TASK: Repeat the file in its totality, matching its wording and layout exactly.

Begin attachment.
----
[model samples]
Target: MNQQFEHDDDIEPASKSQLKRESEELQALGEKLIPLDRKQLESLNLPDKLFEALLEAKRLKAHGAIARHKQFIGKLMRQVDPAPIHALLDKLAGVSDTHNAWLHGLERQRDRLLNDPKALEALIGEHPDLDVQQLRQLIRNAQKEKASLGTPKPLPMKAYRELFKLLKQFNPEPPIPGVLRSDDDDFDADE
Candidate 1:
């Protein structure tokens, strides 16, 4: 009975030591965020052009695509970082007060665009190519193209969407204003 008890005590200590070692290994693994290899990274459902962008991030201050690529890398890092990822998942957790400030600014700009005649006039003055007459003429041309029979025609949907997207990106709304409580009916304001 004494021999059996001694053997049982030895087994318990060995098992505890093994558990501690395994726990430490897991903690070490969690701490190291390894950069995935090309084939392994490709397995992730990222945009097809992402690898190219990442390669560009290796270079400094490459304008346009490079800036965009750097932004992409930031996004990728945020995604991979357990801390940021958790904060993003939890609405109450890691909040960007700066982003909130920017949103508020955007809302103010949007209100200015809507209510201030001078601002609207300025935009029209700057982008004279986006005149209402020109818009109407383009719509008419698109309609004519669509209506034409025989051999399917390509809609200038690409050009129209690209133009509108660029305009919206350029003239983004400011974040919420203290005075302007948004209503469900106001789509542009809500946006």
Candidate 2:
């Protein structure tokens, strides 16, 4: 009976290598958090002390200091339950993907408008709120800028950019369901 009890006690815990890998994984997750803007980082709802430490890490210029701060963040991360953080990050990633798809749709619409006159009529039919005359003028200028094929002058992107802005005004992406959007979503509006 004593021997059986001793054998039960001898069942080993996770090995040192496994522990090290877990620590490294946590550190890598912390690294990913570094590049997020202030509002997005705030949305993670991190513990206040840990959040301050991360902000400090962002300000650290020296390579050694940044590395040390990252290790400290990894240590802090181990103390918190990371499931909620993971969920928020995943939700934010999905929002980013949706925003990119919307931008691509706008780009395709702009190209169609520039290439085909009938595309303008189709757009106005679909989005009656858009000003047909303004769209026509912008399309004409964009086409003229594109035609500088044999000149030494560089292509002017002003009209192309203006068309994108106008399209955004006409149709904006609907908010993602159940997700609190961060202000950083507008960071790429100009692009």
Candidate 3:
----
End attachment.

[model samples]
Target: MNQQFEHDDDIEPASKSQLKRESEELQALGEKLIPLDRKQLESLNLPDKLFEALLEAKRLKAHGAIARHKQFIGKLMRQVDPAPIHALLDKLAGVSDTHNAWLHGLERQRDRLLNDPKALEALIGEHPDLDVQQLRQLIRNAQKEKASLGTPKPLPMKAYRELFKLLKQFNPEPPIPGVLRSDDDDFDADE
Candidate 1:
């Protein structure tokens, strides 16, 4: 009975030591965020052009695509970082007060665009190519193209969407204003 008890005590200590070692290994693994290899990274459902962008991030201050690529890398890092990822998942957790400030600014700009005649006039003055007459003429041309029979025609949907997207990106709304409580009916304001 004494021999059996001694053997049982030895087994318990060995098992505890093994558990501690395994726990430490897991903690070490969690701490190291390894950069995935090309084939392994490709397995992730990222945009097809992402690898190219990442390669560009290796270079400094490459304008346009490079800036965009750097932004992409930031996004990728945020995604991979357990801390940021958790904060993003939890609405109450890691909040960007700066982003909130920017949103508020955007809302103010949007209100200015809507209510201030001078601002609207300025935009029209700057982008004279986006005149209402020109818009109407383009719509008419698109309609004519669509209506034409025989051999399917390509809609200038690409050009129209690209133009509108660029305009919206350029003239983004400011974040919420203290005075302007948004209503469900106001789509542009809500946006």
Candidate 2:
């Protein structure tokens, strides 16, 4: 009976290598958090002390200091339950993907408008709120800028950019369901 009890006690815990890998994984997750803007980082709802430490890490210029701060963040991360953080990050990633798809749709619409006159009529039919005359003028200028094929002058992107802005005004992406959007979503509006 004593021997059986001793054998039960001898069942080993996770090995040192496994522990090290877990620590490294946590550190890598912390690294990913570094590049997020202030509002997005705030949305993670991190513990206040840990959040301050991360902000400090962002300000650290020296390579050694940044590395040390990252290790400290990894240590802090181990103390918190990371499931909620993971969920928020995943939700934010999905929002980013949706925003990119919307931008691509706008780009395709702009190209169609520039290439085909009938595309303008189709757009106005679909989005009656858009000003047909303004769209026509912008399309004409964009086409003229594109035609500088044999000149030494560089292509002017002003009209192309203006068309994108106008399209955004006409149709904006609907908010993602159940997700609190961060202000950083507008960071790429100009692009």
Candidate 3: